Broken (Vallie’s review)

Broken
Title: Broken
Author: Nicola Haken
Publisher: Self-published
Release Date: February 29th 2016
Genre(s): Contemporary
Page Count: 287
Reviewed by: Vallie
Heat Level: 4 flames out of 5
Rating: 5+ stars out of 5
A Gay Book Reviews 5+ star read!
Blurb:

When Theodore Davenport decides to switch his mundane job for a career, he walks into Holden House Publishing with enthusiasm and determination to succeed. As he settles into his new role, makes new friends, and dreams of making it to the top, everything is going to plan.

Until he meets James Holden, CEO of Holden House.

James Holden hasn’t been able to stop thinking about his encounter with the timid man he met in a club bathroom last week, and when he discovers the one haunting his dreams is an employee, he can’t seem to stop himself from pursuing him.

Just a little fun – that’s what James tells himself. He can’t afford to care for someone who can never reciprocate, not once they find out who he really is. James believes nobody deserves the burden of being attached to him. He’s a complicated man. Damaged. Difficult. Demanding.

Broken.

Is Theodore strong enough to confront James’ demons? More importantly, is James?

(M/M romance. Not suitable for readers under 18 years of age due to language and sexual content. ***Please note*** This book contains scenes of self harm, mental illness and suicidal ideation which may pose as a trigger, or be uncomfortable for some readers.)


I AM COMPLETELY BLOWN AWAY. 5+ STARS!

New-to-me author Nicola Haken nailed this one so hard, I dread picking up a book after this. So, this starts out as a sort-of office romance set in Manchester. Let me say here how much I loved that the story was not boxed in to the office romance theme but was organically developed to cover several aspects of the characters’ lives. Theo has a one-night stand with a hot guy who ends up being none other than the CEO of the publishing house Theo just started working for. James, the CEO, comes off as quite the @$$hole in the beginning. He wears arrogance like second skin and does not even blink an eye at being a condescending prick. But for some reason, Theo gets James’ attention. So James is pleasant. He is pretty cocky and aloof, but tries to get Theo to like him and…courts him almost. Theo is pretty resentful in the beginning but being so attracted to James, it doesn’t take long for their relationship to take off. The sexual attraction and chemistry is scorching, accompanied by sharp, witty writing. For those who are not comfortable with British slang, or don’t particularly like it, don’t worry, it’s not heavy on it at all.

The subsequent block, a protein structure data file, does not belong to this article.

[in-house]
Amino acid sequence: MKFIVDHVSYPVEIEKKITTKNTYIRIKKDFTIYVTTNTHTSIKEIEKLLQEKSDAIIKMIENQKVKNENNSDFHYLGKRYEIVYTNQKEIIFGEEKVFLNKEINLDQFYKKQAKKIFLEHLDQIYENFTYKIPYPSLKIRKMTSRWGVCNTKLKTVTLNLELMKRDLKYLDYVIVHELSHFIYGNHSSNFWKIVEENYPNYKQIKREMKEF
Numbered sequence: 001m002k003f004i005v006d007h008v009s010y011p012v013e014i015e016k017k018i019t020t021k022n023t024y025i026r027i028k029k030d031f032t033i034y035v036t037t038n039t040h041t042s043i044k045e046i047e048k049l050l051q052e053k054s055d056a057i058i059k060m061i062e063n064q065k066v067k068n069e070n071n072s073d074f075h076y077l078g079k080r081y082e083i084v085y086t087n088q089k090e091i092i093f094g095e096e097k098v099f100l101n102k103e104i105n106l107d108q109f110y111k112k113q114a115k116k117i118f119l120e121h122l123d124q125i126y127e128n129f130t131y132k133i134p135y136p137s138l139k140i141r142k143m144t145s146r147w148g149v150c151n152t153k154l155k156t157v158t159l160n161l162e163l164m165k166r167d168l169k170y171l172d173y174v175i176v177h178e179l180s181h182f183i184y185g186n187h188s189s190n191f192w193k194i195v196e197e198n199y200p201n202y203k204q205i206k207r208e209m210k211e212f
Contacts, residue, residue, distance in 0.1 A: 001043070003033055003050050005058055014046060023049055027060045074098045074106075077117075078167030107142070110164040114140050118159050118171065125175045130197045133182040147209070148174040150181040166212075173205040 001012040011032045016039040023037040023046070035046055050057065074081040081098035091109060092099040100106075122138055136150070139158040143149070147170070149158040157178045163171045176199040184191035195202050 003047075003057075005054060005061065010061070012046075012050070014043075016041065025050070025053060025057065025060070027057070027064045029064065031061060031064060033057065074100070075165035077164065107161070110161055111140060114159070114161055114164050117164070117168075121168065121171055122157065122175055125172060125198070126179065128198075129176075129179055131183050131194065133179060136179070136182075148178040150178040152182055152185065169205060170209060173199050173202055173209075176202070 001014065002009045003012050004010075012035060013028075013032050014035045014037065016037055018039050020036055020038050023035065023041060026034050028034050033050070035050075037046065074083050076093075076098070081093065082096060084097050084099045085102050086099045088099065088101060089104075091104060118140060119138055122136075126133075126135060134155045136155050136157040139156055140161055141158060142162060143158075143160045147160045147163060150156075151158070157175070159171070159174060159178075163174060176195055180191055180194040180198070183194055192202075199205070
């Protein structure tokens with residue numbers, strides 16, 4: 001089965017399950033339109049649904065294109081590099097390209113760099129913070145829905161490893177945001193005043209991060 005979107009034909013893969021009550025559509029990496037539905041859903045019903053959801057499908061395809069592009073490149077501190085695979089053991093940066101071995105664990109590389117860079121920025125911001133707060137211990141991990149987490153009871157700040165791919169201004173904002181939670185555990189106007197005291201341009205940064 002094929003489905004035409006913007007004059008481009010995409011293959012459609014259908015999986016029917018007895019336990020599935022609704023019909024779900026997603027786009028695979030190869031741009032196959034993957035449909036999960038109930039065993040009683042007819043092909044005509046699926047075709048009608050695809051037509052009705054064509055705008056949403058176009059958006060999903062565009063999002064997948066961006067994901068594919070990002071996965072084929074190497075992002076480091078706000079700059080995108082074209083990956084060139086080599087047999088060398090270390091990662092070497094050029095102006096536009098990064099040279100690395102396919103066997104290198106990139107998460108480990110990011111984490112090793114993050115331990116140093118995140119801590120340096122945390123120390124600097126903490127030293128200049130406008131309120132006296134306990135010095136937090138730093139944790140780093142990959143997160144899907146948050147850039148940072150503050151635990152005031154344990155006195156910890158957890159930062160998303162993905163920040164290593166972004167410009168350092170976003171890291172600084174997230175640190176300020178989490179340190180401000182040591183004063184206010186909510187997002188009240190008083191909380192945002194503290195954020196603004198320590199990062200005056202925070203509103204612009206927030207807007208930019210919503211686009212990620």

Now for the hard part. It is hinted in the beginning that James’ has a dark side. He seems very put-together when it comes to managing the company, but his personal life is pretty non-existent, with the exception of his never-ending one-night stands. As we get to know James, (the story is told in dual POV, present tense), more and more is revealed about his personal issues.

If you find it difficult to read about characters with mental health issues, namely severe depressive episodes and suicidal ideation/attempts, do not read this book. It may pose a major trigger for you. If not, jump on the hurt/comfort band wagon, because this ride was outstanding.

As a mental health professional working in the UK, I applaud the author for the level of authenticity she gave to this story. It is not easy to depict a mental health illness with the elegance and sensitivity this author managed to bring. I am absolutely floored by how realistic it all was. Not just the illness itself –spend an afternoon on WebMD or some psych.org site and anyone can list symptoms and diagnoses. This went far beyond that. It was about how James felt at different stages of his illness. It was about how he internalised his symptoms and how those affected his entire thought process, including his relationship with his family and Theo. It was about how Theo reacted to learning about James’ illness and his very reasonable questions about how to handle it and what to do. And of course, when everything went to shit, it was about the very detailed depictions of the ugly parts of mental illness, how it hurts the sufferer along with the family. Even the legalese was all right to the T, including institutionalization scenes and parts of therapy sessions.

I realize the content of the book is harsh and does not exactly make for light reading. But it succeeds in presenting a very real situation without sensationalizing it, while shedding light to it in an optimistic way. There’s no cure by magical dick and there’s no “love cures all” nonsense. There is pain and the hard truth that for this couple, life will be difficult perhaps more often than one would hope. But ultimately, they can be happy, and people like James can live fulfilling lives with great support systems around them. And I think that’s an important message for any genre to promote. At the end of the day, this book is a romance. It might be dealing with a very challenging illness, but it does so in an emotional, careful way. The pain that James feel emanates from the page and I felt it along with him. So, even if mental health issues in your mm is not your crack, this book is all about unconditional love and acceptance and plain loving someone not despite of who they are but because of it.

I highly recommend this to fans of mm romance. Just make sure to heed the trigger warnings. No joke. This is one of my favourite books of 2016 for sure.


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Galley copy of Broken provided by the author in exchange of an honest review.

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